Rants aside, functionality wise each part of the motherboard does display a few options. The CPU options involve frequency and voltage adjustments with a section for memory, the SATA options allow changing of the controller mode (AHCI as default, but also IDE and RAID), and the rear IO deals with enabling/disabling controllers along with USB functionality. The power delivery sub-menu offers phase control, as well as various voltage, current and thermal options. Most of these sub-menus are merely the same as their ‘advanced’ menu counterparts but with sliders where appropriate.

In this front screen we also get icons on the bottom to adjust the boot order, the language of the BIOS, and our basic fan controls. Over the past couple of years the Gigabyte fan controls have spanned a small range from a confusing mash of odd value assignments to basic gradient application. Despite the numerate fan headers on board, only the 4-pin ones are controllable, and Gigabyte will give you access to that gradient in odd units known as PWM value/°C.

For the non-engineers, the higher the number of this option will result in the fans receiving more power at lower CPU temperatures (i.e. a more aggressive fan control). This is despite the fact that a fan speed profile is never linear, shown by my CPU fan:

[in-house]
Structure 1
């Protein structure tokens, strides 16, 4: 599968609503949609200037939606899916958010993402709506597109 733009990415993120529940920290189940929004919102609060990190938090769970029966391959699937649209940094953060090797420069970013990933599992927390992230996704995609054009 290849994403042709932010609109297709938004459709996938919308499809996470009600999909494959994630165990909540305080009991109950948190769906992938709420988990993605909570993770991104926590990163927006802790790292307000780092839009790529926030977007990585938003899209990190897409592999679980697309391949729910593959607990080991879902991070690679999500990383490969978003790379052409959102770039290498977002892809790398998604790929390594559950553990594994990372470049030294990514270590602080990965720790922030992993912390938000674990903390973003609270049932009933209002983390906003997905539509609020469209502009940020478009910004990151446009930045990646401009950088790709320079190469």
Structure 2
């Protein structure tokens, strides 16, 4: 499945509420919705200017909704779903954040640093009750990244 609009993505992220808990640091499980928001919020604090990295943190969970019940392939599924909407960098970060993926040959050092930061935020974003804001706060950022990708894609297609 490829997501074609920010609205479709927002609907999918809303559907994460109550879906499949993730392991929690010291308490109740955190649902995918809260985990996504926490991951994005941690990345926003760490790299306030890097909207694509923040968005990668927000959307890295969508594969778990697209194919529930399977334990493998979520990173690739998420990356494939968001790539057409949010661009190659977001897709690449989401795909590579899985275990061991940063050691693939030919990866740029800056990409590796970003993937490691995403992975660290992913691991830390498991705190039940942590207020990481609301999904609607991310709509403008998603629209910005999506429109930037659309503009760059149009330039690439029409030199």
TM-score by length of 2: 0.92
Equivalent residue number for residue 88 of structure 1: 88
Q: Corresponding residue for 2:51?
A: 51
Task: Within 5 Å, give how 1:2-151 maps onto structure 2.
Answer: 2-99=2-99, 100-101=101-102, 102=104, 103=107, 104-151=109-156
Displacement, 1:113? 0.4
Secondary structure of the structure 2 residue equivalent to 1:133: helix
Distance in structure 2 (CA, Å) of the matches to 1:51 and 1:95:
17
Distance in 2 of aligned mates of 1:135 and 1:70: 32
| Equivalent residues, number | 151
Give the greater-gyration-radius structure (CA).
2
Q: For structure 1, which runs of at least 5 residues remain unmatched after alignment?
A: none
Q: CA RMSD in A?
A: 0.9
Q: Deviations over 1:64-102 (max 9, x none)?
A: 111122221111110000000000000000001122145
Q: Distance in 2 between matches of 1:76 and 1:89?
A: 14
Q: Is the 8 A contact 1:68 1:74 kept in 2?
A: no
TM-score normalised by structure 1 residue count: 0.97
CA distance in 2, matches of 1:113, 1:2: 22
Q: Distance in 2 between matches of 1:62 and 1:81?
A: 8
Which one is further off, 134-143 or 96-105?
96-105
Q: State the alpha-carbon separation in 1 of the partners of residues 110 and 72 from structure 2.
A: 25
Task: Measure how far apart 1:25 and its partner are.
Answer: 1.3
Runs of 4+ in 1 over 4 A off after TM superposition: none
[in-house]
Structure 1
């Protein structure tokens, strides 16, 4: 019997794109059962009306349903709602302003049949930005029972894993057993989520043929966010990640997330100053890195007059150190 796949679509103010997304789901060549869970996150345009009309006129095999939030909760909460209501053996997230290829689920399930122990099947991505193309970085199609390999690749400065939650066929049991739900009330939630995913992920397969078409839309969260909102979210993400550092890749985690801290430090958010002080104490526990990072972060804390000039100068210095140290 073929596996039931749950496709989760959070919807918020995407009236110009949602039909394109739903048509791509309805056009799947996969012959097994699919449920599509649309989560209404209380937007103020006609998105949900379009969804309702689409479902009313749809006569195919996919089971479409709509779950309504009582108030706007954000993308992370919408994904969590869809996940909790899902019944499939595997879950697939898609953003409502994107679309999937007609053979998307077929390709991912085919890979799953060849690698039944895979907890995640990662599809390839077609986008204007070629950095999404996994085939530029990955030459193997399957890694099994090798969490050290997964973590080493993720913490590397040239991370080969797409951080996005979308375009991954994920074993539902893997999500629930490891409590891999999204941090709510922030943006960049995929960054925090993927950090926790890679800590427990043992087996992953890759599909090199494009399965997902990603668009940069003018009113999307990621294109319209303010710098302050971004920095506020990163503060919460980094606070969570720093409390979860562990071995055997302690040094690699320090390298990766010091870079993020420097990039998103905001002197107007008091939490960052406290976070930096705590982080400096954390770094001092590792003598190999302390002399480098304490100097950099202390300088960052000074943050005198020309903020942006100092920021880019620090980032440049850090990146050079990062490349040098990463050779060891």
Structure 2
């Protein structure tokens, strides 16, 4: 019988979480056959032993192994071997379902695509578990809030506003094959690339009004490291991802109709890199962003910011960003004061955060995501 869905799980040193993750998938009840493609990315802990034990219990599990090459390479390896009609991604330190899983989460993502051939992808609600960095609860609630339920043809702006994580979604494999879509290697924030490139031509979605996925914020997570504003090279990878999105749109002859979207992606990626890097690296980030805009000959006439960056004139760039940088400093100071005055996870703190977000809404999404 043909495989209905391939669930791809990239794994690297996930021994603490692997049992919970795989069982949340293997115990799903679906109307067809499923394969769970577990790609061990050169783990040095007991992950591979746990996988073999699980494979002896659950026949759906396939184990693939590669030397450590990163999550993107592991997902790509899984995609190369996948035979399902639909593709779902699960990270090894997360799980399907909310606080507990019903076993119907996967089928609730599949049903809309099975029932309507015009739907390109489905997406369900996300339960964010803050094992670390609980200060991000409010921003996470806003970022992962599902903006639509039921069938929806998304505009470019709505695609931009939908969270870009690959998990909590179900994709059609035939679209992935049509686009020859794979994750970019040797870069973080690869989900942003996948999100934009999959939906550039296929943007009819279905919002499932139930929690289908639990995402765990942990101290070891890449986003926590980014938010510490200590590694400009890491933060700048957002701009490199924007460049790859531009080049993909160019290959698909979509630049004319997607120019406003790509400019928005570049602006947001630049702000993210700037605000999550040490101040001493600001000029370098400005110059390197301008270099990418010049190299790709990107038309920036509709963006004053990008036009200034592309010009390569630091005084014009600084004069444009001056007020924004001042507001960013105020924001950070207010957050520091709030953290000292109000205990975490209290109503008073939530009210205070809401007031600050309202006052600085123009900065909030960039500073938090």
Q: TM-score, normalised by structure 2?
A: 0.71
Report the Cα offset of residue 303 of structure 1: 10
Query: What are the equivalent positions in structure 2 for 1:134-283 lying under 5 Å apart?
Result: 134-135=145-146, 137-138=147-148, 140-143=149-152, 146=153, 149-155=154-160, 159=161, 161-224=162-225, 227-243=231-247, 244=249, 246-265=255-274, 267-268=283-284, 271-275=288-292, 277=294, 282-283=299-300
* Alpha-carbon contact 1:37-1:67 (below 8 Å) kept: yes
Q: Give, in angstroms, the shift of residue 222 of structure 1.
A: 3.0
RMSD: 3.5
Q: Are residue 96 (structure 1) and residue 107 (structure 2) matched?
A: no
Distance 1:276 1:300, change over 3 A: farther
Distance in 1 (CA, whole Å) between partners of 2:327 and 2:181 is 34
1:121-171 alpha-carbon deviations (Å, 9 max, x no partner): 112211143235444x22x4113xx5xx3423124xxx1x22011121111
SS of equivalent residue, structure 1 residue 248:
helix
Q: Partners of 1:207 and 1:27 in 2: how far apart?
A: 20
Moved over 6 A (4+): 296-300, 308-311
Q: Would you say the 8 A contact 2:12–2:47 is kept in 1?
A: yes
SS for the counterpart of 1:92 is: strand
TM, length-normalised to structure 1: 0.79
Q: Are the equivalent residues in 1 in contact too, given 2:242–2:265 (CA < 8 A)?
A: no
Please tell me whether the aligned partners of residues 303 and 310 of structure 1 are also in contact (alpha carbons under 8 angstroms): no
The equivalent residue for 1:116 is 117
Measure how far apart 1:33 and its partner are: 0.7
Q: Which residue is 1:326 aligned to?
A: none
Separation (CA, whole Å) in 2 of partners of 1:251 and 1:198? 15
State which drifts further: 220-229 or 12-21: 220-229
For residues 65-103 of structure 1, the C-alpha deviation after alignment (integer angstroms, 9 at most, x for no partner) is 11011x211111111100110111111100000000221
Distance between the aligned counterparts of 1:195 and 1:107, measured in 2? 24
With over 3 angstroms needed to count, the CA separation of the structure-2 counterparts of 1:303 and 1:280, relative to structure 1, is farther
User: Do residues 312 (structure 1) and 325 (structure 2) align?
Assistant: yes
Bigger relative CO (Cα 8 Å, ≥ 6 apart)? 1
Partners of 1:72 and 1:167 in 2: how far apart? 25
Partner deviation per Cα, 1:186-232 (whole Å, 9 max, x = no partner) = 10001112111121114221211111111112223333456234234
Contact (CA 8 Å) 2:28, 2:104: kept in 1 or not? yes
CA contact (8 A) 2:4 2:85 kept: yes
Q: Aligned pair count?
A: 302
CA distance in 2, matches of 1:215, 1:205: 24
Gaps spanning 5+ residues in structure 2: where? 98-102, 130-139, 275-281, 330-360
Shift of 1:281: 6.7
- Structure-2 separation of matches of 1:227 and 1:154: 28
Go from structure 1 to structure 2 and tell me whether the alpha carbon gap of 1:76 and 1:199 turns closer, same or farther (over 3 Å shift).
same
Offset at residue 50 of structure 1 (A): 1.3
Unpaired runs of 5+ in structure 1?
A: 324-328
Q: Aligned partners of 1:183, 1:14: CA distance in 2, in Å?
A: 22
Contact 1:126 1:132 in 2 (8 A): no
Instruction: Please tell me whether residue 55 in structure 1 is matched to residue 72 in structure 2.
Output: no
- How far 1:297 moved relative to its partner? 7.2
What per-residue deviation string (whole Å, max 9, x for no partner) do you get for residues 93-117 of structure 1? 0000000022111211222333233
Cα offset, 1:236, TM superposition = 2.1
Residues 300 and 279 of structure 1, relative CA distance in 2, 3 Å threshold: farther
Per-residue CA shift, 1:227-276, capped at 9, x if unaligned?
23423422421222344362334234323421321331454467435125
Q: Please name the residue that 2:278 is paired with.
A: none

Below 5% power, my fan is essentially off. From 5-20%, the fan spins at 800 RPM regardless of how much power is applied. Above this the RPM to Power ratio is fairly constant. What motherboard manufacturers should be doing (ASUS do this in software, Biostar do it in the BIOS) is giving an option for a fan test, polling this data, and then adjusting the fan profiles via software to match. A common response is that ‘it’s more complex than you think’ or ‘it’s too complex’ – when dealing with two inputs (CPU temperature, fan speed) and one output (power applied), writing black box software to connect them in various ways should be a stroll in the park for any trained programmer.